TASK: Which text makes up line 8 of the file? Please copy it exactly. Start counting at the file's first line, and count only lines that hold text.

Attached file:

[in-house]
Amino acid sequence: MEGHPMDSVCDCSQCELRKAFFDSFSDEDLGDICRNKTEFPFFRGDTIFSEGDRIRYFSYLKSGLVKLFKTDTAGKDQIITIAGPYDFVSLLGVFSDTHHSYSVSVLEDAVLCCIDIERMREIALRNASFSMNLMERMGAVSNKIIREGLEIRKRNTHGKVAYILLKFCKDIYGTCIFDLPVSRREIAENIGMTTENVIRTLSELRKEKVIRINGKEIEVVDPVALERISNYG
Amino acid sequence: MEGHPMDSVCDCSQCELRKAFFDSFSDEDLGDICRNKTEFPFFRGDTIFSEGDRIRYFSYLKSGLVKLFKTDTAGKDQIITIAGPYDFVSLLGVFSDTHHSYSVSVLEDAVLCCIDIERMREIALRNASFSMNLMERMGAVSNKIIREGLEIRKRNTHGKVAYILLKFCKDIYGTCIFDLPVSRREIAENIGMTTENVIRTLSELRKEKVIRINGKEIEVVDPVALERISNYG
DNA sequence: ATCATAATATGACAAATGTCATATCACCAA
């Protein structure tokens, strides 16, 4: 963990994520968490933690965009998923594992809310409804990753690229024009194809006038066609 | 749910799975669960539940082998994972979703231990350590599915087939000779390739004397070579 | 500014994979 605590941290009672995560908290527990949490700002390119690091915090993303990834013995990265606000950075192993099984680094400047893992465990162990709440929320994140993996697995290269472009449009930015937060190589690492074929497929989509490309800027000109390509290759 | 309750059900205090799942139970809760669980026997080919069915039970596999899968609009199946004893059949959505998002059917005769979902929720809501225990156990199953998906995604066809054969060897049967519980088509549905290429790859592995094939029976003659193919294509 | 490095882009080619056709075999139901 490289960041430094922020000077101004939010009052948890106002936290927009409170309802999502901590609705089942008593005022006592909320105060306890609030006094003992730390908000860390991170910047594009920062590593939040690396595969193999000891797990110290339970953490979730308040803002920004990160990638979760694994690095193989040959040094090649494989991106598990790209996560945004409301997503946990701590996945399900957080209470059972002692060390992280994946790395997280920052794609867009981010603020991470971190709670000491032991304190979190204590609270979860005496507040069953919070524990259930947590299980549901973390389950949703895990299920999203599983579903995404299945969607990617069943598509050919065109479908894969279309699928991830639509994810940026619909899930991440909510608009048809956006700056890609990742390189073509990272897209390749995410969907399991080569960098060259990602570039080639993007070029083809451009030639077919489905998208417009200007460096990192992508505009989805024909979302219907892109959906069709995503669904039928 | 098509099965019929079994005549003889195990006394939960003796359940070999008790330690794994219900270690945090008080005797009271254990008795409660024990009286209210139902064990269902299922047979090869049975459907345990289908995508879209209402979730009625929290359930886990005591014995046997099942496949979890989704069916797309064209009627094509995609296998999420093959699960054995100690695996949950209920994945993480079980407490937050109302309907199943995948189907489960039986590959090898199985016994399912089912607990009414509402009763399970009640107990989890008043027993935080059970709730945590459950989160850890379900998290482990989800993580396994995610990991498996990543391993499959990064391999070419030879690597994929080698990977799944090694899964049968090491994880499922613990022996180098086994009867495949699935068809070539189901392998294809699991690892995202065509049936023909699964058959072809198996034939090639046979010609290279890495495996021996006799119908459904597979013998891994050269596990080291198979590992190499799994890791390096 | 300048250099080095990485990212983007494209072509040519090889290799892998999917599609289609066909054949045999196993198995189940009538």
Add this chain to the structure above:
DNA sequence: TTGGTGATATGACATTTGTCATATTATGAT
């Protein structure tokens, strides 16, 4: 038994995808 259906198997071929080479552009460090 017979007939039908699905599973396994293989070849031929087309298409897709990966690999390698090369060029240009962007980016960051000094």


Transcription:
């Protein structure tokens, strides 16, 4: 038994995808 259906198997071929080479552009460090 017979007939039908699905599973396994293989070849031929087309298409897709990966690999390698090369060029240009962007980016960051000094």